FASB proposes clarifying land easements guidance in leases standard

By Ken Tysiac

FASB on Monday proposed clarifying the application of guidance in its new lease accounting standard to land easements.

The new lease accounting standard was issued in 2016 and requires balance sheet recognition by lessees for assets and liabilities created by all leases with terms of more than 12 months.

Land easements, also known as rights of way, represent the right to use, access, or cross another entity’s land for a specified purpose. Proposed Accounting Standards Update, Leases (Topic 842): Land Easement Practical Expedient for Transition to Topic 842, was proposed to clarify that land easements should be evaluated under the new leases guidance.

But some stakeholders have said that it would be costly and complex to evaluate all existing land easements that were not previously assessed under the existing leases guidance to determine if they meet the definition of a lease under the new standard. They said many of their land easements would not meet the definition of a lease or are prepaid and already recognized on the balance sheet.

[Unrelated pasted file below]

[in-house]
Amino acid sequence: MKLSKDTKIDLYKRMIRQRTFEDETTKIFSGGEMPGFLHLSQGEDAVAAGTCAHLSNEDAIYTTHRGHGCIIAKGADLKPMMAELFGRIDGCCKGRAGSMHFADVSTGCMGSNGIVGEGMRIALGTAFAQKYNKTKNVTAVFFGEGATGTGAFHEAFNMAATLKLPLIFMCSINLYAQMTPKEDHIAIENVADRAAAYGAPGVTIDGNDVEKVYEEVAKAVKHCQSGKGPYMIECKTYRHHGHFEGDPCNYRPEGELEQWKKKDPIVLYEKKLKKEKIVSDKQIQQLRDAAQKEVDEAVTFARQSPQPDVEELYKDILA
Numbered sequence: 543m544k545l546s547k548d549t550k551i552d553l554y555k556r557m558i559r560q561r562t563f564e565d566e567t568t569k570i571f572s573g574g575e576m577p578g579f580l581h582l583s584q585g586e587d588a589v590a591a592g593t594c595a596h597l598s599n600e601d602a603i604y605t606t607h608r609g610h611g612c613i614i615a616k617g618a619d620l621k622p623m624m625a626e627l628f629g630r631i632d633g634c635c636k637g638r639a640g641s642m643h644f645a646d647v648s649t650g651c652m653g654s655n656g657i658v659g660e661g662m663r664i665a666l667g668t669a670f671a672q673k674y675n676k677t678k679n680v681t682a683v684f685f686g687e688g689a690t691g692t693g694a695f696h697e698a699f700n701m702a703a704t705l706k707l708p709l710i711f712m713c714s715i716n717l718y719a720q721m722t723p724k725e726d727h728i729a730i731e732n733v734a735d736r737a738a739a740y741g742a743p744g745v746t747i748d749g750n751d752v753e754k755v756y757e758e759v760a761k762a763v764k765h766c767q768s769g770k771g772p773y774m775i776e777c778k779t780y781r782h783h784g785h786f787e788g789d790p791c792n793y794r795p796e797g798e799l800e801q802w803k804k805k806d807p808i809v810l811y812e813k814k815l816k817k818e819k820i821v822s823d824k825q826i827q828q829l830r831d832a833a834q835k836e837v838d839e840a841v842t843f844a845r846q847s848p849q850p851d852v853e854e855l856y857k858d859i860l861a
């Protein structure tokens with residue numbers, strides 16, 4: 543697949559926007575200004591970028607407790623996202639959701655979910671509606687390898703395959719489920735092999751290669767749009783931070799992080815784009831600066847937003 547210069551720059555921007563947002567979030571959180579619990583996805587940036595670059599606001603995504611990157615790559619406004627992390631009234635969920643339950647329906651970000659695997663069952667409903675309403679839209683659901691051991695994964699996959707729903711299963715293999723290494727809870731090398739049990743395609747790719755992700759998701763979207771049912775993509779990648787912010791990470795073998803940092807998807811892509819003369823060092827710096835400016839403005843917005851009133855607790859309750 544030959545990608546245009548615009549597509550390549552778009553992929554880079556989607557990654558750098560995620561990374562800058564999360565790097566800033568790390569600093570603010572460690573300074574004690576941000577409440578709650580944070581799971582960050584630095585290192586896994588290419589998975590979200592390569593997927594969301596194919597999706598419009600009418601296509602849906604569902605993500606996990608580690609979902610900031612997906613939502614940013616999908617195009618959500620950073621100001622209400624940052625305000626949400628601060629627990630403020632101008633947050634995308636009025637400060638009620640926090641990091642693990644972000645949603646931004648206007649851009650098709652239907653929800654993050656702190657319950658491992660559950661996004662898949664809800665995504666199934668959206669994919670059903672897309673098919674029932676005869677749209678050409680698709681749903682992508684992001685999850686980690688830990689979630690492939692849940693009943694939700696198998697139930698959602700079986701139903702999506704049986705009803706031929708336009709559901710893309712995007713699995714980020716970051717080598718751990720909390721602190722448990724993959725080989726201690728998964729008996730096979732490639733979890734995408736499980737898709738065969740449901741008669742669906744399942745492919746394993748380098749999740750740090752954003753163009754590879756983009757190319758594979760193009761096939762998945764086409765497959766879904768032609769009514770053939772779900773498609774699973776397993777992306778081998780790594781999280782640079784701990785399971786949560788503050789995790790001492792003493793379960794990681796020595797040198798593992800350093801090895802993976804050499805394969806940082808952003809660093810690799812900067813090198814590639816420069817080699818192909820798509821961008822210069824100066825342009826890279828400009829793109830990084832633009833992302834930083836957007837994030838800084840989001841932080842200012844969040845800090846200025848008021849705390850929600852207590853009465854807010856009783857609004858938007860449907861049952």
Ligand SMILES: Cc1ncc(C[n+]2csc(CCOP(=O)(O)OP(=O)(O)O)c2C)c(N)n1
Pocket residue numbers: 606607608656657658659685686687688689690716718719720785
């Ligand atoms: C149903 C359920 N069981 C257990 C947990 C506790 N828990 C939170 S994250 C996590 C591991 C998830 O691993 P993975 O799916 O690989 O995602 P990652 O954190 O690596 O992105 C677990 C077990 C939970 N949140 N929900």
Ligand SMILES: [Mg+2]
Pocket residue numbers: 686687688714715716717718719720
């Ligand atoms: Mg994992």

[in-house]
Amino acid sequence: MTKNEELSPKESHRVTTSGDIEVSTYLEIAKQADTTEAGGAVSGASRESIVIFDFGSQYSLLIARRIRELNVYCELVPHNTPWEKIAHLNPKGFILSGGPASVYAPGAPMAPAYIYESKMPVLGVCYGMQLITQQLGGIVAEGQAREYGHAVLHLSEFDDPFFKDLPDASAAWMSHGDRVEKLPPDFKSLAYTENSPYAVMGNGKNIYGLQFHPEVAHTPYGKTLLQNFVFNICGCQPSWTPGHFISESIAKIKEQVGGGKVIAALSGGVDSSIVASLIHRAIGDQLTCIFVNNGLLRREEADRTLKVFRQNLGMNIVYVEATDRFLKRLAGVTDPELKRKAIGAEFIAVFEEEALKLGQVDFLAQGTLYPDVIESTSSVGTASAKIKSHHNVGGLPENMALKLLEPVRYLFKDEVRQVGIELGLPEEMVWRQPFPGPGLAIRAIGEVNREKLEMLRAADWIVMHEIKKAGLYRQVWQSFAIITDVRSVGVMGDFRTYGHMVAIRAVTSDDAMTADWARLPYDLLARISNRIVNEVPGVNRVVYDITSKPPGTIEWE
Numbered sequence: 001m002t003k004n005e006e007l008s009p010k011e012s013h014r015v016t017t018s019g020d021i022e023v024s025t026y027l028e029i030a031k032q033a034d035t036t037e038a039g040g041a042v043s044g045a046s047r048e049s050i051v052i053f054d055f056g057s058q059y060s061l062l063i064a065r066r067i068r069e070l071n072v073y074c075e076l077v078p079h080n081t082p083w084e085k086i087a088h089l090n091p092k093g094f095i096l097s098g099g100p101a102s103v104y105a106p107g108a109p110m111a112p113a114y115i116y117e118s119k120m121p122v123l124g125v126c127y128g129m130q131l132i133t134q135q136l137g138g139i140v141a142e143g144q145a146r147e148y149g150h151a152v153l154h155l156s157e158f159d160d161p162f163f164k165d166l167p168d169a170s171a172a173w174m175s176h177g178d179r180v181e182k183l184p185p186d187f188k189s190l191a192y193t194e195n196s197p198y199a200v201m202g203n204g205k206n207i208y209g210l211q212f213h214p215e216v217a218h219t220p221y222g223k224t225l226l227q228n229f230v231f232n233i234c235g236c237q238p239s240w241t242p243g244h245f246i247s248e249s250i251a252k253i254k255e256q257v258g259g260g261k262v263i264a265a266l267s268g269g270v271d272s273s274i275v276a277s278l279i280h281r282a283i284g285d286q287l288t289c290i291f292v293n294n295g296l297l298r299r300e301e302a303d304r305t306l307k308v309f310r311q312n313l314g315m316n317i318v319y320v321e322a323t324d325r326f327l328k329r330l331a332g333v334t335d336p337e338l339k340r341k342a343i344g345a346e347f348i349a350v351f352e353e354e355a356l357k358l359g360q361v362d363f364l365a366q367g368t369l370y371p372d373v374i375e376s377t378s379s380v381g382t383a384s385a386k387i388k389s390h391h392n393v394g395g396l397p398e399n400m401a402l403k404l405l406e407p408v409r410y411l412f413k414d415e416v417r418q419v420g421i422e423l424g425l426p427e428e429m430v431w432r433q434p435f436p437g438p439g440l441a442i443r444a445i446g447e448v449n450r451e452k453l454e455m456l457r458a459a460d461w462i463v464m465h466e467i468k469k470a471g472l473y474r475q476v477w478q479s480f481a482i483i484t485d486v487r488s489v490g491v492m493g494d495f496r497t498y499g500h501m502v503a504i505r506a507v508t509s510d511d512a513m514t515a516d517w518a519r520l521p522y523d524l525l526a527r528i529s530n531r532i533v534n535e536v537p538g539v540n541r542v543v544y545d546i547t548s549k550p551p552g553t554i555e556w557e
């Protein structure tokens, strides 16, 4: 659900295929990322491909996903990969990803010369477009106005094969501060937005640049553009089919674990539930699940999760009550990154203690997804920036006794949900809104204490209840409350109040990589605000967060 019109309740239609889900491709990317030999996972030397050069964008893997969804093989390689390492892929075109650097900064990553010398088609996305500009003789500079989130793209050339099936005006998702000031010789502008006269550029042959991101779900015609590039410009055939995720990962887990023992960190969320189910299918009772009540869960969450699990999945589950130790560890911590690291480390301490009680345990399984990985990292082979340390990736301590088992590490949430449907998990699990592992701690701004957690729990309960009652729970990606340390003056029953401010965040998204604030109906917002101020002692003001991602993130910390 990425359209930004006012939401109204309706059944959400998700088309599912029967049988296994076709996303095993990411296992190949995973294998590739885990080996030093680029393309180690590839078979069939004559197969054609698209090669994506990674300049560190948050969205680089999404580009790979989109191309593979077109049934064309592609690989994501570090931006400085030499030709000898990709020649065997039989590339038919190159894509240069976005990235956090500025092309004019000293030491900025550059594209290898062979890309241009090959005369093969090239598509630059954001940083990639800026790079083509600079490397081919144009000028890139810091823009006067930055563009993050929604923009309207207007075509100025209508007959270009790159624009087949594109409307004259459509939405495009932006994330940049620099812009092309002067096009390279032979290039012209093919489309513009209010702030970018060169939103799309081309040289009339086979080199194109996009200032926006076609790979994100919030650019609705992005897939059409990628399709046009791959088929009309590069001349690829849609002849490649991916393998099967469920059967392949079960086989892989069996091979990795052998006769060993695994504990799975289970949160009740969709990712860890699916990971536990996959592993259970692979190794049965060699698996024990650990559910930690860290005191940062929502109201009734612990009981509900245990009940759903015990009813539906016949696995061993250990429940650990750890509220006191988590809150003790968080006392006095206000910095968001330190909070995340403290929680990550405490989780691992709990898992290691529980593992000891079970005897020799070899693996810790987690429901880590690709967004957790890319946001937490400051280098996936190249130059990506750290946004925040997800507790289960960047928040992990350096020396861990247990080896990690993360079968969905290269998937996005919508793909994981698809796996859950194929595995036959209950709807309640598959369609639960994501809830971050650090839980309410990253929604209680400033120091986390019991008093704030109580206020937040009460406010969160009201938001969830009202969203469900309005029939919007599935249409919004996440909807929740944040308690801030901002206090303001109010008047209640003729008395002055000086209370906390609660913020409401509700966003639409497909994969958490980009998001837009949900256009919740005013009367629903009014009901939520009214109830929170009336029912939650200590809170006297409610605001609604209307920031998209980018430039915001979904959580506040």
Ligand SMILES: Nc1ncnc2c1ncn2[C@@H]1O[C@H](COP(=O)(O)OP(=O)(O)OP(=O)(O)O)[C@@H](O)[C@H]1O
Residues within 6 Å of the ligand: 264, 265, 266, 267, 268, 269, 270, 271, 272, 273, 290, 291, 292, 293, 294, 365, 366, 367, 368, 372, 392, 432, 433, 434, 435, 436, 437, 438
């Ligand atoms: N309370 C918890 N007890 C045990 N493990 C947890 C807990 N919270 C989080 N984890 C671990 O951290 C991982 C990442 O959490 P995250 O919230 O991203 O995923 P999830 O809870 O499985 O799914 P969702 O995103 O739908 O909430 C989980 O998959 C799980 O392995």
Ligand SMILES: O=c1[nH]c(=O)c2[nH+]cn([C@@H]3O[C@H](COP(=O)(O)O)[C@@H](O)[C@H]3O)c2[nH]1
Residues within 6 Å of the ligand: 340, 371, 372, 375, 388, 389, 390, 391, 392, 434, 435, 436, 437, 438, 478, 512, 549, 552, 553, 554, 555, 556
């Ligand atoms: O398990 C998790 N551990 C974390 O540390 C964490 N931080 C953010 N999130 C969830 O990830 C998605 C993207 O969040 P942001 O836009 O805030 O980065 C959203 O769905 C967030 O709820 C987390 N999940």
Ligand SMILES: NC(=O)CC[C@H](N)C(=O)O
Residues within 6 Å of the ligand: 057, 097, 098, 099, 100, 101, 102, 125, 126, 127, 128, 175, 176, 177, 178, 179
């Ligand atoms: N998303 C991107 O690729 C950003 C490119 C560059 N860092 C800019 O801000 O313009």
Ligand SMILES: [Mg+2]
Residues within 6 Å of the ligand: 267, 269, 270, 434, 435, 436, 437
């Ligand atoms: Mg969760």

The proposal addresses those concerns by providing an optional transition expedient for leases not previously assessed under the existing leases guidance.

“We encourage stakeholders to review the proposed ASU and share their views on whether they think its provisions would address the issues raised,” FASB Chairman Russell Golden said in a news release.

Comments on the proposal are due by Oct. 25 and can be submitted at FASB’s website.

Ken Tysiac (Kenneth.Tysiac@aicpa-cima.com) is a JofA editorial director.

SPONSORED REPORT

Why cybercriminals are targeting CPAs

This free report expands on the most commonly found scams, why education and specialized IT knowledge help to lessen security vulnerabilities, and why every firm should plan carefully for how it would respond to a breach.

PODCAST

How tax reform — and Excel — are changing the CPA Exam

Mike Decker, the vice president of examinations at the AICPA, discusses changes being made to the exam as a result of tax reform — and about how Excel will now be available for use on the test.